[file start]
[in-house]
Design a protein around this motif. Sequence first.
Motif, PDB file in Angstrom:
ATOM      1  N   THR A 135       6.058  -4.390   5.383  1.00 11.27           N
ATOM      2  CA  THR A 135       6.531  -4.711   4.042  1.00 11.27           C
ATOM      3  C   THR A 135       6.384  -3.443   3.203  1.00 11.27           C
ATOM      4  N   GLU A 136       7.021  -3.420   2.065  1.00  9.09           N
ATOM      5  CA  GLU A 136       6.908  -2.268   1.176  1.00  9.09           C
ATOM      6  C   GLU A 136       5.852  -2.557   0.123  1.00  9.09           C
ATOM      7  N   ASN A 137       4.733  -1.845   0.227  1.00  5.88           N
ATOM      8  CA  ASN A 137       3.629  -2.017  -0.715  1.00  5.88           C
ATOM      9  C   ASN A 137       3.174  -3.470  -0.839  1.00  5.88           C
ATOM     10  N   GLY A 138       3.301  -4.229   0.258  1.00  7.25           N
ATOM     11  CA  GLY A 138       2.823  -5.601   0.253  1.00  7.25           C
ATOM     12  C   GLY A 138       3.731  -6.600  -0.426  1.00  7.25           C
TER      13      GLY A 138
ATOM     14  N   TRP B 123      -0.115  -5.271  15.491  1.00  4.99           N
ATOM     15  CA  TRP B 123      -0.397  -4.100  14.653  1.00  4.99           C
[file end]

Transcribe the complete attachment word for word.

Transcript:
[in-house]
Design a protein around this motif. Sequence first.
Motif, PDB file in Angstrom:
ATOM      1  N   THR A 135       6.058  -4.390   5.383  1.00 11.27           N
ATOM      2  CA  THR A 135       6.531  -4.711   4.042  1.00 11.27           C
ATOM      3  C   THR A 135       6.384  -3.443   3.203  1.00 11.27           C
ATOM      4  N   GLU A 136       7.021  -3.420   2.065  1.00  9.09           N
ATOM      5  CA  GLU A 136       6.908  -2.268   1.176  1.00  9.09           C
ATOM      6  C   GLU A 136       5.852  -2.557   0.123  1.00  9.09           C
ATOM      7  N   ASN A 137       4.733  -1.845   0.227  1.00  5.88           N
ATOM      8  CA  ASN A 137       3.629  -2.017  -0.715  1.00  5.88           C
ATOM      9  C   ASN A 137       3.174  -3.470  -0.839  1.00  5.88           C
ATOM     10  N   GLY A 138       3.301  -4.229   0.258  1.00  7.25           N
ATOM     11  CA  GLY A 138       2.823  -5.601   0.253  1.00  7.25           C
ATOM     12  C   GLY A 138       3.731  -6.600  -0.426  1.00  7.25           C
TER      13      GLY A 138
ATOM     14  N   TRP B 123      -0.115  -5.271  15.491  1.00  4.99           N
ATOM     15  CA  TRP B 123      -0.397  -4.100  14.653  1.00  4.99           C